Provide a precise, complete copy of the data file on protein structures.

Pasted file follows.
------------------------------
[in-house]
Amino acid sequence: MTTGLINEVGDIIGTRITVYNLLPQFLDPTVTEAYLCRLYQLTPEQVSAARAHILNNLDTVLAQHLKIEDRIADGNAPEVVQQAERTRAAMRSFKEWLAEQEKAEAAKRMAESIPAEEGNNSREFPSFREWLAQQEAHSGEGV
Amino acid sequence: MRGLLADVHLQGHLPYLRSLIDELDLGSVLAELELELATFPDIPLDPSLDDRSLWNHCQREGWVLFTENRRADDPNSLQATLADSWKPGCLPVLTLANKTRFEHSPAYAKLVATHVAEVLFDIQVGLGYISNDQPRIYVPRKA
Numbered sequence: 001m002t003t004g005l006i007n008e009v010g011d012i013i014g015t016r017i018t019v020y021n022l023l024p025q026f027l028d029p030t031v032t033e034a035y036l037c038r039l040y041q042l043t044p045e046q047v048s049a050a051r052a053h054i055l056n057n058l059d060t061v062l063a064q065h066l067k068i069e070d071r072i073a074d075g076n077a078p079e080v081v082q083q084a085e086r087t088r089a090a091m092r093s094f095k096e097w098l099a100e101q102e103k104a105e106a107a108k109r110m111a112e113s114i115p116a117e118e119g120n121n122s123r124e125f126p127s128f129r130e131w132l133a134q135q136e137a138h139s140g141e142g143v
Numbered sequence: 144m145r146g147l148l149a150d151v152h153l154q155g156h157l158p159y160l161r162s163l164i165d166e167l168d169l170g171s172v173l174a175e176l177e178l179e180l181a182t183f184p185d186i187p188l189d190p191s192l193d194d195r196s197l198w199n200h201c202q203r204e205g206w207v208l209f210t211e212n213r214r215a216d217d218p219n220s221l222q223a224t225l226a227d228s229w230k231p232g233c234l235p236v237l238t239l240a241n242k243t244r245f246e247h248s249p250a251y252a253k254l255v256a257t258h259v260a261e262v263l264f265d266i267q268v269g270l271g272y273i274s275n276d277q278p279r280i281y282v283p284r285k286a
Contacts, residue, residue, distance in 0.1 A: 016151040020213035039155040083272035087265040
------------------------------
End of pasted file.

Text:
[in-house]
Amino acid sequence: MTTGLINEVGDIIGTRITVYNLLPQFLDPTVTEAYLCRLYQLTPEQVSAARAHILNNLDTVLAQHLKIEDRIADGNAPEVVQQAERTRAAMRSFKEWLAEQEKAEAAKRMAESIPAEEGNNSREFPSFREWLAQQEAHSGEGV
Amino acid sequence: MRGLLADVHLQGHLPYLRSLIDELDLGSVLAELELELATFPDIPLDPSLDDRSLWNHCQREGWVLFTENRRADDPNSLQATLADSWKPGCLPVLTLANKTRFEHSPAYAKLVATHVAEVLFDIQVGLGYISNDQPRIYVPRKA
Numbered sequence: 001m002t003t004g005l006i007n008e009v010g011d012i013i014g015t016r017i018t019v020y021n022l023l024p025q026f027l028d029p030t031v032t033e034a035y036l037c038r039l040y041q042l043t044p045e046q047v048s049a050a051r052a053h054i055l056n057n058l059d060t061v062l063a064q065h066l067k068i069e070d071r072i073a074d075g076n077a078p079e080v081v082q083q084a085e086r087t088r089a090a091m092r093s094f095k096e097w098l099a100e101q102e103k104a105e106a107a108k109r110m111a112e113s114i115p116a117e118e119g120n121n122s123r124e125f126p127s128f129r130e131w132l133a134q135q136e137a138h139s140g141e142g143v
Numbered sequence: 144m145r146g147l148l149a150d151v152h153l154q155g156h157l158p159y160l161r162s163l164i165d166e167l168d169l170g171s172v173l174a175e176l177e178l179e180l181a182t183f184p185d186i187p188l189d190p191s192l193d194d195r196s197l198w199n200h201c202q203r204e205g206w207v208l209f210t211e212n213r214r215a216d217d218p219n220s221l222q223a224t225l226a227d228s229w230k231p232g233c234l235p236v237l238t239l240a241n242k243t244r245f246e247h248s249p250a251y252a253k254l255v256a257t258h259v260a261e262v263l264f265d266i267q268v269g270l271g272y273i274s275n276d277q278p279r280i281y282v283p284r285k286a
Contacts, residue, residue, distance in 0.1 A: 016151040020213035039155040083272035087265040